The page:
3. The process communicates the interests and meets the process needs of all participants.
  4. The process seeks out and facilitates the involvement of people potentially affected by the proposed decision.
  5. The process involves participants in defining how they will participate--thus how the process will be structured.
  6. The public participation process provides participants with the information they need to participate in a meaningful way.
  7. The public participation process communicates to participants how their input affected the decision.[1]

Other standards, suggested by the Co-Intelligence Institute include:

  1. Involve all "relevant" parties.
  2. "Empower the people's engagement"--in other words, get them feeling "involved."
  3. Utilize multiple "forms of knowing." This includes rational, scientific methods, narrative (story-telling methods), intuitive methods, etc.
  4. Ensure high-quality dialogue.
  5. Establish and on-going participatory process (as opposed to, for instance, a one-shot public hearing).
  6. Move from positions to interests, needs, and mutual solutions.
  7. Help people feel fully heard.[2]
Public Participation in Practice

Boulder, Colorado is a picturesque city located at the base of the Rocky Mountains. It is surrounded by miles of open space, purchased by the city at considerable taxpayer expense. While the Boulder citizenry has long supported the purchase and maintenance of open space land, there are many differing opinions about how it should be used. Some see it primarily as a recreational resource: they want to hike, bike, run, and observe nature in the wild foothill areas. Others see it as a buffer against further development. Still others want it to be closed to public use so it can be protected habitat for other species. These differences have led to serious difficulties for the Open Space Department.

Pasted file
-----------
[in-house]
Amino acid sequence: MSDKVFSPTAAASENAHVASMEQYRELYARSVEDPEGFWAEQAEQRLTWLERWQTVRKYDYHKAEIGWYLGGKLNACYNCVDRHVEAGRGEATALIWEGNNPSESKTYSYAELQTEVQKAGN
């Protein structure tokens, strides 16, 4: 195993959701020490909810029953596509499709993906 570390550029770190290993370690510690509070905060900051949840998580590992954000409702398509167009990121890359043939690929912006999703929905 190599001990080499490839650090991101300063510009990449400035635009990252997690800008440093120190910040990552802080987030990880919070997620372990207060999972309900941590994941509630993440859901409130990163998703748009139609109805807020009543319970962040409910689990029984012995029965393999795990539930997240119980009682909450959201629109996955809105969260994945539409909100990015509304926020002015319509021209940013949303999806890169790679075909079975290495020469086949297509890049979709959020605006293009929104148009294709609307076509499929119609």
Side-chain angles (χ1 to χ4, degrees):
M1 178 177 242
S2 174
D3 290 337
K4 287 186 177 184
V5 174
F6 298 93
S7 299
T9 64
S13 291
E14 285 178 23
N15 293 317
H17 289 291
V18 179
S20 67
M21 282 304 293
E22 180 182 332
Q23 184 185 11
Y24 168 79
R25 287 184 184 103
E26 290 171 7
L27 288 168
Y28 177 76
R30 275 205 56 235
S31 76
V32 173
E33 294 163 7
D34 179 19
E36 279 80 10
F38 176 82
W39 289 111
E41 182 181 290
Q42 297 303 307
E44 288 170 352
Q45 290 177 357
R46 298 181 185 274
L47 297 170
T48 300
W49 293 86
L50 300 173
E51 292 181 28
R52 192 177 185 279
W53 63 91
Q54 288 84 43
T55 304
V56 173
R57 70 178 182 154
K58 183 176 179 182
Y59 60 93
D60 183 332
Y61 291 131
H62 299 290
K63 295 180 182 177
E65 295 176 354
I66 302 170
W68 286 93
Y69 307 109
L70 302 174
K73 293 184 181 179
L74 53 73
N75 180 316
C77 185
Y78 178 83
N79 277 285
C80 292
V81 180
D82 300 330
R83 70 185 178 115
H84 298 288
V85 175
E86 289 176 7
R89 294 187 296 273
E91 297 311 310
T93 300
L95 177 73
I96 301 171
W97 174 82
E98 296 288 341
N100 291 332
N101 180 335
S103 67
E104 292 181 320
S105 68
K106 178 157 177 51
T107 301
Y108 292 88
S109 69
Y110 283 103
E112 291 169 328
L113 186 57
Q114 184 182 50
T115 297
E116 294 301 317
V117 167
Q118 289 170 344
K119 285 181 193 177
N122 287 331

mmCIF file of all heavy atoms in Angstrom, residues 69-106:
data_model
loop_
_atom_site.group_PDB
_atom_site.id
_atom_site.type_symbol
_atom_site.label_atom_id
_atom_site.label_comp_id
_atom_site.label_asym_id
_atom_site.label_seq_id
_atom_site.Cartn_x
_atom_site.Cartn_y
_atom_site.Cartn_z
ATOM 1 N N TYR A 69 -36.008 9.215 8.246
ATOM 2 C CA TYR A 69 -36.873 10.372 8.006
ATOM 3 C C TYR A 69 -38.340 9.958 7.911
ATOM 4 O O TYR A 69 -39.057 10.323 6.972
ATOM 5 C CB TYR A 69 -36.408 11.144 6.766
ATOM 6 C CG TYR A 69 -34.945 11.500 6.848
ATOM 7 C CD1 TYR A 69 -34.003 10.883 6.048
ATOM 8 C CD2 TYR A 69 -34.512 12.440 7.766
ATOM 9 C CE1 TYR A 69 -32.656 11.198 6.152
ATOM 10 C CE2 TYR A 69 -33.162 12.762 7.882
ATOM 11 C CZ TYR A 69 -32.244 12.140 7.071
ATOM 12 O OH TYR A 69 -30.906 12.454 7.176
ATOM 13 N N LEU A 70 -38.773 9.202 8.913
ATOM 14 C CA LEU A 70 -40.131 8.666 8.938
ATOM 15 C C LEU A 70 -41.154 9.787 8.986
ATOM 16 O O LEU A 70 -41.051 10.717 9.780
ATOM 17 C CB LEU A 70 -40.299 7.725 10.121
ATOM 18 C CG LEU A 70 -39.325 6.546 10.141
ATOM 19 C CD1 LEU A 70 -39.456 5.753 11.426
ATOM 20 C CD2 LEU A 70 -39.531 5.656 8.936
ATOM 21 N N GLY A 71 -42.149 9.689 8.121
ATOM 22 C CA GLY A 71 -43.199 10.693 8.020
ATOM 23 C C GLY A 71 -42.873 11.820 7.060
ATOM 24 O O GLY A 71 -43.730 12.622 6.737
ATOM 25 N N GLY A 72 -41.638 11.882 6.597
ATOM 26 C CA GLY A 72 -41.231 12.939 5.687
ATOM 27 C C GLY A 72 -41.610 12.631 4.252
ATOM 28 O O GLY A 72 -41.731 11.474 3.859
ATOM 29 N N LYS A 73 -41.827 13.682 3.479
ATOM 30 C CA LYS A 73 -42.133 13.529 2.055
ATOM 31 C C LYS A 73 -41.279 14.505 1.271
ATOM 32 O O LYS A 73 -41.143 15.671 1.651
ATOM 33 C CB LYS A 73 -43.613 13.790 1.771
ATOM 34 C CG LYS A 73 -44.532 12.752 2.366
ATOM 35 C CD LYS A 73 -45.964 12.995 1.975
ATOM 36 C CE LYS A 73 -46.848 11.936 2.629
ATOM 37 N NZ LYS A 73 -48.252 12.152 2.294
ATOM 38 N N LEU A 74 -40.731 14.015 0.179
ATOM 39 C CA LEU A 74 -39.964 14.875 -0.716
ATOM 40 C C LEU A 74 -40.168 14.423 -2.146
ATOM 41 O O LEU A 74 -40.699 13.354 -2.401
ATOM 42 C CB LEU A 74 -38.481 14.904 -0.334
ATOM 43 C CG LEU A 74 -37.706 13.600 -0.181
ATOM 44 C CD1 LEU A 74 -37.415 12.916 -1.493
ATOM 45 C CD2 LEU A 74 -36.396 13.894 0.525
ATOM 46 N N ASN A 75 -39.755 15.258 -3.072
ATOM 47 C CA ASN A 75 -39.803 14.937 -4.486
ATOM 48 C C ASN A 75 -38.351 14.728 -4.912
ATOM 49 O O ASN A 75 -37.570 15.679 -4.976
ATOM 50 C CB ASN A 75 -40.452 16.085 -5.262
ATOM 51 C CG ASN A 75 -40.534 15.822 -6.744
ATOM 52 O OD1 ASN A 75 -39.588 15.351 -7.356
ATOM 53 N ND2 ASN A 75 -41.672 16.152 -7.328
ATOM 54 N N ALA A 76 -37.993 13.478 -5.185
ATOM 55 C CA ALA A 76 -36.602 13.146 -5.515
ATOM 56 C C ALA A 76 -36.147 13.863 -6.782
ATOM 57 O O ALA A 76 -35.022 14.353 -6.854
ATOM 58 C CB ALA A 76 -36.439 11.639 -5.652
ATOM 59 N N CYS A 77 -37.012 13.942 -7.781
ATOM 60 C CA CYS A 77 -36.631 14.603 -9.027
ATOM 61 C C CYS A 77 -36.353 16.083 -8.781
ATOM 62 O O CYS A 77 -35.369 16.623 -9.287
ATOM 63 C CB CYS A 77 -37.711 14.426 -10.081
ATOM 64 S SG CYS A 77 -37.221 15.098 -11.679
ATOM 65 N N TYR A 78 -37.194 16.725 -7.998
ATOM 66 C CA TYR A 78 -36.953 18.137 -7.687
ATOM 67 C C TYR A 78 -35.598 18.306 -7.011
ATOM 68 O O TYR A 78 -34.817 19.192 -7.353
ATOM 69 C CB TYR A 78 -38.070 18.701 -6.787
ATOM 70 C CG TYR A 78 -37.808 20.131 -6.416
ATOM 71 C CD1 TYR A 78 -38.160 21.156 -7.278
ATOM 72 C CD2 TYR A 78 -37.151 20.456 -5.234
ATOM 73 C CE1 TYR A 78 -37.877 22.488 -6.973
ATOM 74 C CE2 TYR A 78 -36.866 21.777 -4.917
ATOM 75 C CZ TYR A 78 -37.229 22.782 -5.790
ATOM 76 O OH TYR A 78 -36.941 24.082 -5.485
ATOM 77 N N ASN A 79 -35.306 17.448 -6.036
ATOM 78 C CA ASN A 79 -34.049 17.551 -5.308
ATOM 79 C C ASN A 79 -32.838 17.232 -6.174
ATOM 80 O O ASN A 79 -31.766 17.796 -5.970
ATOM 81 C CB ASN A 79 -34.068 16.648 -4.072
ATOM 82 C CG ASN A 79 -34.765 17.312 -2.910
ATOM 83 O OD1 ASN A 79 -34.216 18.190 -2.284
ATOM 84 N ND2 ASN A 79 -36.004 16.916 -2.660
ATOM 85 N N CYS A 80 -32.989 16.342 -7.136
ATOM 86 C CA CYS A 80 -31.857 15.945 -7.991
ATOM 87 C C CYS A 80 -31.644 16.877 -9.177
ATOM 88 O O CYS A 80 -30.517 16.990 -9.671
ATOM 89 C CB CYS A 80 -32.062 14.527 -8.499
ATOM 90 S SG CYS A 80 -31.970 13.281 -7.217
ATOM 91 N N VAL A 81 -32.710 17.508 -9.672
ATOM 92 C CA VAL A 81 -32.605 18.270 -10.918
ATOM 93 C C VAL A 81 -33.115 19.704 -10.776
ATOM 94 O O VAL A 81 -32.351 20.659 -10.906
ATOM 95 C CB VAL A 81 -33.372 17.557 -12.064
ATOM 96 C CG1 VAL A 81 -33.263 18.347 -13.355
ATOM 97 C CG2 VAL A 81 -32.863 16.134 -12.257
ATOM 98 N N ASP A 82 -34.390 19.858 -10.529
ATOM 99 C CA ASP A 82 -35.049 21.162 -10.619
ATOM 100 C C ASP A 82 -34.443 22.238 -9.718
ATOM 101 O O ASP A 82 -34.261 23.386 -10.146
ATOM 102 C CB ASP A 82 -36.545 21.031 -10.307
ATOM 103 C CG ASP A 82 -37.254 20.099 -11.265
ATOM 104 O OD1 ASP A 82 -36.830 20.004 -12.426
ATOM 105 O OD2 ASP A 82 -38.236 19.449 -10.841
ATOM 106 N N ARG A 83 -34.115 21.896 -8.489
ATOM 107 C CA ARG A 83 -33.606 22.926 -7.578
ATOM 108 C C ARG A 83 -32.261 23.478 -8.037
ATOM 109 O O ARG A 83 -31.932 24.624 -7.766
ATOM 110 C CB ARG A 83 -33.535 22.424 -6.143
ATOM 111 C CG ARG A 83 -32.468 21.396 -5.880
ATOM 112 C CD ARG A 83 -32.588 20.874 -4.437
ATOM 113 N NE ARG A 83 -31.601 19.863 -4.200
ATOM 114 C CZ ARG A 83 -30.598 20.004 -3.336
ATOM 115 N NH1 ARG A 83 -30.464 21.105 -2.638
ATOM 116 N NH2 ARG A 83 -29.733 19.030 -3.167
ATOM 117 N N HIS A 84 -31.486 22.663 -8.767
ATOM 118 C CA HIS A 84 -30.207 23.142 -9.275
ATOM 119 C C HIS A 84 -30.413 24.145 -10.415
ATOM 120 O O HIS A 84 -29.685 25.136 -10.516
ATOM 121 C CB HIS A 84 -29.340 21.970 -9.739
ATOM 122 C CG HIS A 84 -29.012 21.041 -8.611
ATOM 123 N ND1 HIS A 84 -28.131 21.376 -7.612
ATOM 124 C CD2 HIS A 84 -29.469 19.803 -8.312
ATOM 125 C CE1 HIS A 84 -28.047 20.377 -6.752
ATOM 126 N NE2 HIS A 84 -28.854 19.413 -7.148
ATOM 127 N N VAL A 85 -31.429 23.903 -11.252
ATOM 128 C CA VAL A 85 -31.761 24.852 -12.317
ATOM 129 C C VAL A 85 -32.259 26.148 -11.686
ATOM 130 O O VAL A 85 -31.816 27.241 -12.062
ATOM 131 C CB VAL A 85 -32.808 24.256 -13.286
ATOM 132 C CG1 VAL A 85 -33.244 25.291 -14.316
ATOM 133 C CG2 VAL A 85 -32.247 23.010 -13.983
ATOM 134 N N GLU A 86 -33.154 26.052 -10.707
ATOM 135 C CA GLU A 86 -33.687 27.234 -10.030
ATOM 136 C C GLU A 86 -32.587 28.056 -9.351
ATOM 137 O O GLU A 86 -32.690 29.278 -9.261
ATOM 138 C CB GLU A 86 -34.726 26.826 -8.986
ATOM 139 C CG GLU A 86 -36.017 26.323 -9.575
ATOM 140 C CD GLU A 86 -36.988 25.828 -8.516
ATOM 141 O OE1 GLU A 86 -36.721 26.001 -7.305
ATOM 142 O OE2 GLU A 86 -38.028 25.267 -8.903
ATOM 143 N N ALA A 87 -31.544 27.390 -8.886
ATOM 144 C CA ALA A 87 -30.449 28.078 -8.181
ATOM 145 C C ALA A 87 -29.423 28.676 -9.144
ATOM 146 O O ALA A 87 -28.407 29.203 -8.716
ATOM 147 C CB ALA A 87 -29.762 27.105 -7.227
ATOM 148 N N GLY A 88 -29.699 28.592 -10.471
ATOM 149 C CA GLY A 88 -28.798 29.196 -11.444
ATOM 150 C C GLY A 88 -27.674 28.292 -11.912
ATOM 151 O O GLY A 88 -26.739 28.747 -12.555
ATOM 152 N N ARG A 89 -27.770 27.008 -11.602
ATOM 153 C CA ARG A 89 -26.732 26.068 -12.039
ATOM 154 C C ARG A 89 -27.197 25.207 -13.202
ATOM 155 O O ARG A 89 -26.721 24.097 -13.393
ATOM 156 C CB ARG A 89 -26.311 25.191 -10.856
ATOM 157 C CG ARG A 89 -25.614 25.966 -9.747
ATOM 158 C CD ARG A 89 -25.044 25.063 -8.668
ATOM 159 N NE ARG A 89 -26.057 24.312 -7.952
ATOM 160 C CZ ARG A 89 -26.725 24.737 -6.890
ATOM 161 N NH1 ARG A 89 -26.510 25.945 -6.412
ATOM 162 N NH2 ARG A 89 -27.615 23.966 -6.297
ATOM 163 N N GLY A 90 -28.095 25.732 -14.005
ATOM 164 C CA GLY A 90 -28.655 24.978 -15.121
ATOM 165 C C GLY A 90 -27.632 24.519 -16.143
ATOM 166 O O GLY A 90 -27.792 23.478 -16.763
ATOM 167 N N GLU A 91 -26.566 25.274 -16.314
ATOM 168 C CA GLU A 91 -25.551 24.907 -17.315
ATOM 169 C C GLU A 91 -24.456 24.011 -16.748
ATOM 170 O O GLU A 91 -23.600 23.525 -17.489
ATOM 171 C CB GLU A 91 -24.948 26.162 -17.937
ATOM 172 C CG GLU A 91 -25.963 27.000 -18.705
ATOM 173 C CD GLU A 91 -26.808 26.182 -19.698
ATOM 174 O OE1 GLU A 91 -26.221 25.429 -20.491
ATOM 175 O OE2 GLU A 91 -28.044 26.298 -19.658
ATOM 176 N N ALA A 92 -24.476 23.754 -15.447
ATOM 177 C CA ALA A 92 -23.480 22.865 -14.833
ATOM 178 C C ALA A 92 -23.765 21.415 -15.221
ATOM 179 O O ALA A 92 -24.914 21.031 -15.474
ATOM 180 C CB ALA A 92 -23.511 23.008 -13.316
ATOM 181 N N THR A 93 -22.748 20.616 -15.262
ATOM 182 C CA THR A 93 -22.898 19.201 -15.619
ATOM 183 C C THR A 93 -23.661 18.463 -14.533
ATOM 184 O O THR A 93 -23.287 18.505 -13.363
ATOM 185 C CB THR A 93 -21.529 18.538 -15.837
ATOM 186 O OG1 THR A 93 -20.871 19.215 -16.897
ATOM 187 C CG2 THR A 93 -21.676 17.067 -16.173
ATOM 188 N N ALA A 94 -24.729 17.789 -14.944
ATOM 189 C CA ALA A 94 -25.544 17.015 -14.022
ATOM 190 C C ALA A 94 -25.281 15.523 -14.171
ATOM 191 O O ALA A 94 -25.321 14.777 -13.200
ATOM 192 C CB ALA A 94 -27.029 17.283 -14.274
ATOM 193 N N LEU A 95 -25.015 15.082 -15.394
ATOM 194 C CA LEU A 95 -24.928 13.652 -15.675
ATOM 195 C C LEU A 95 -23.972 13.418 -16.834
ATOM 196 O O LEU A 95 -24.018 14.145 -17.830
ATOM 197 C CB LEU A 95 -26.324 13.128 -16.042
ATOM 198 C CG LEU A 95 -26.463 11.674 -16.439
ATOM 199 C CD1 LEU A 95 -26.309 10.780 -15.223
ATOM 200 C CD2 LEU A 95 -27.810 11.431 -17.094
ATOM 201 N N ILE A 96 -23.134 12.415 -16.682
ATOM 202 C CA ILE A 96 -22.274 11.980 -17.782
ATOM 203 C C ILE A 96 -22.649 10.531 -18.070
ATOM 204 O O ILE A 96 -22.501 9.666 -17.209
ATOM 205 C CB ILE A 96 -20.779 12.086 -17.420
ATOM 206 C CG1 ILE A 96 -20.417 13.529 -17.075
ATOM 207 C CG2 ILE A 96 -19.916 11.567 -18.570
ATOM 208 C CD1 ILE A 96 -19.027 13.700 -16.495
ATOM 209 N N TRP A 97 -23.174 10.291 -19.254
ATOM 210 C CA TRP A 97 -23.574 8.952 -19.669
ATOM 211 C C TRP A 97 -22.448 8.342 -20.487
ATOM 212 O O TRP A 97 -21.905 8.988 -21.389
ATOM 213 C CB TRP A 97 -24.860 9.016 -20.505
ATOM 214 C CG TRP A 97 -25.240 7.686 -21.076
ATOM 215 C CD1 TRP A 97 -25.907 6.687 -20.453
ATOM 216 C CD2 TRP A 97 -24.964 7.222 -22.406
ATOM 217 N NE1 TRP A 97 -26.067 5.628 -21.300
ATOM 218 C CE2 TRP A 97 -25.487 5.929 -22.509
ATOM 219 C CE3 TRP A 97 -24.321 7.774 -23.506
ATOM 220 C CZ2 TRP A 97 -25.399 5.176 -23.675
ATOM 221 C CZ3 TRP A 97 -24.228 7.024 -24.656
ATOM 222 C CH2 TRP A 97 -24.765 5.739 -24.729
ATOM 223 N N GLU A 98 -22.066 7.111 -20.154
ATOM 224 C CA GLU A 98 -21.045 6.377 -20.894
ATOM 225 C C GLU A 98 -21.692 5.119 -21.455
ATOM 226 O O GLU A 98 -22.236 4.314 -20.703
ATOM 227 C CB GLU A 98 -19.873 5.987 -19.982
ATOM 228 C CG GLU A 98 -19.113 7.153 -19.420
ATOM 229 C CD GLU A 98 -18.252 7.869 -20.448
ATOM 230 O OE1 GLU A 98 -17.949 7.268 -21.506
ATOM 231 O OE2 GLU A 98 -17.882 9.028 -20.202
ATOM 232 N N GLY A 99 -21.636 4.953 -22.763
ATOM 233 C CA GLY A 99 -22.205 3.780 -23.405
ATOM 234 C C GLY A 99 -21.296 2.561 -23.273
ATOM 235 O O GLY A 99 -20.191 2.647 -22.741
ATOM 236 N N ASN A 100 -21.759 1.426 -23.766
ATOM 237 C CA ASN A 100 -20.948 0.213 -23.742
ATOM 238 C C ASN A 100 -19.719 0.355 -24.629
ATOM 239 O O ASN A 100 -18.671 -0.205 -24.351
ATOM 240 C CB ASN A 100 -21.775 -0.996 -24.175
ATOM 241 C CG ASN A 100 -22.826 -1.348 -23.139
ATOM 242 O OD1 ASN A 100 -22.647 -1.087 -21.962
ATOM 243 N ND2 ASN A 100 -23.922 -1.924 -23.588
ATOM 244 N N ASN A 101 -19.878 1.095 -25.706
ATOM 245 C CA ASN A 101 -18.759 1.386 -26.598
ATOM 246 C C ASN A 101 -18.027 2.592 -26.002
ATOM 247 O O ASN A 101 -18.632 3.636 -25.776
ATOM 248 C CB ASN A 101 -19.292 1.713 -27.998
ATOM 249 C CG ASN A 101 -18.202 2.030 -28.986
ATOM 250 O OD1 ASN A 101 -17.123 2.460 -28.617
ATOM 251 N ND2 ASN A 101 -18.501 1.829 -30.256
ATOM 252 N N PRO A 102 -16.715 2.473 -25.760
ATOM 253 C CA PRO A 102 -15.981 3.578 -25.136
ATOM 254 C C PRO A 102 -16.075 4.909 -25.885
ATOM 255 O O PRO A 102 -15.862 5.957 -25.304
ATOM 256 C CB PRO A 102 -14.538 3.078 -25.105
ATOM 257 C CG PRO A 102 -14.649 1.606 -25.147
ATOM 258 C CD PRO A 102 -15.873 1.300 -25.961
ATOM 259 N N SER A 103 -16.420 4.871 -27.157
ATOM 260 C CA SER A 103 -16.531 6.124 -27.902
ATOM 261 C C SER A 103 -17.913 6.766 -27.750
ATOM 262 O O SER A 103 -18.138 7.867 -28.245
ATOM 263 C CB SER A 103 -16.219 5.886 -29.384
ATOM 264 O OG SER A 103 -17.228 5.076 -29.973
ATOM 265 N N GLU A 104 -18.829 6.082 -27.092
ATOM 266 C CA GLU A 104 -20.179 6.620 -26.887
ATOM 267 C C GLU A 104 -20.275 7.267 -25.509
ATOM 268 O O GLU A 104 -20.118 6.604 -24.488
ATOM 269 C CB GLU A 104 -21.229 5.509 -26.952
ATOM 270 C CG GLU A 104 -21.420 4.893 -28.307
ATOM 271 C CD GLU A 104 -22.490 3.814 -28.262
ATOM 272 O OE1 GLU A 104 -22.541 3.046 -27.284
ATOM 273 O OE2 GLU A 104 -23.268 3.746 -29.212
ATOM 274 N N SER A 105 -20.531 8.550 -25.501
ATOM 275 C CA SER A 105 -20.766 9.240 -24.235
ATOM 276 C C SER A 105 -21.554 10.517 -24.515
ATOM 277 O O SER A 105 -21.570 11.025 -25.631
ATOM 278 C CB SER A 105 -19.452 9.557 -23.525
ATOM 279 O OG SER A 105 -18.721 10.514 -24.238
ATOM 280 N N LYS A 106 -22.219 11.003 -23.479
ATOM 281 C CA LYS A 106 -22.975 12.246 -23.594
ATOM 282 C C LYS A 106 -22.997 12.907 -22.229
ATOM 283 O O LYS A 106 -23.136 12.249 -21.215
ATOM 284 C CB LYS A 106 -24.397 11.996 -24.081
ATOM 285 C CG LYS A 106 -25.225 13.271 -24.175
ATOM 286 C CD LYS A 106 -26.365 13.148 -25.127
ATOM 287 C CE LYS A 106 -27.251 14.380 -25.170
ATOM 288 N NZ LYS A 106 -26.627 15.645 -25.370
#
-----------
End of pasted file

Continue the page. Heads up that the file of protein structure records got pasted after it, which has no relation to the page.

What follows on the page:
In order to deal with these conflicts, the department uses a variety of public participation methods: public hearings, an advisory committee, even referenda. These techniques have helped guide policy, although the strong division of opinion has hampered effective public decision-making. After rejecting advice received at public hearings and from an advisory committee, the Open Space Department tried a consensus-process with many (but not all) stakeholder groups to try to agree to a management plan for the city's open areas. At this writing, the group did succeed in reaching a broad-based consensus, but it appears that the Open Space Board of Trustees does not agree with the consensus and may not implement it. If this occurs, years of public participation will have been undertaken in vain.[3]

 

Even though public participation can slow the decision making process down, it is often legally required, and can avoid costly lawsuits at the other end if unpopular decisions are made without adequate public input.

 

Another example from Boulder illustrates the dangers of not using public participation. In 1995, a new school board was elected in the Boulder Valley School District. This school board was politically very different from its predecessors. It was a much more conservative board, dedicated to improving the quality of teaching and student achievement. They planned to reverse many earlier decisions of past boards, which were seen to be politically correct, but ineffective when it came to achieving high test scores.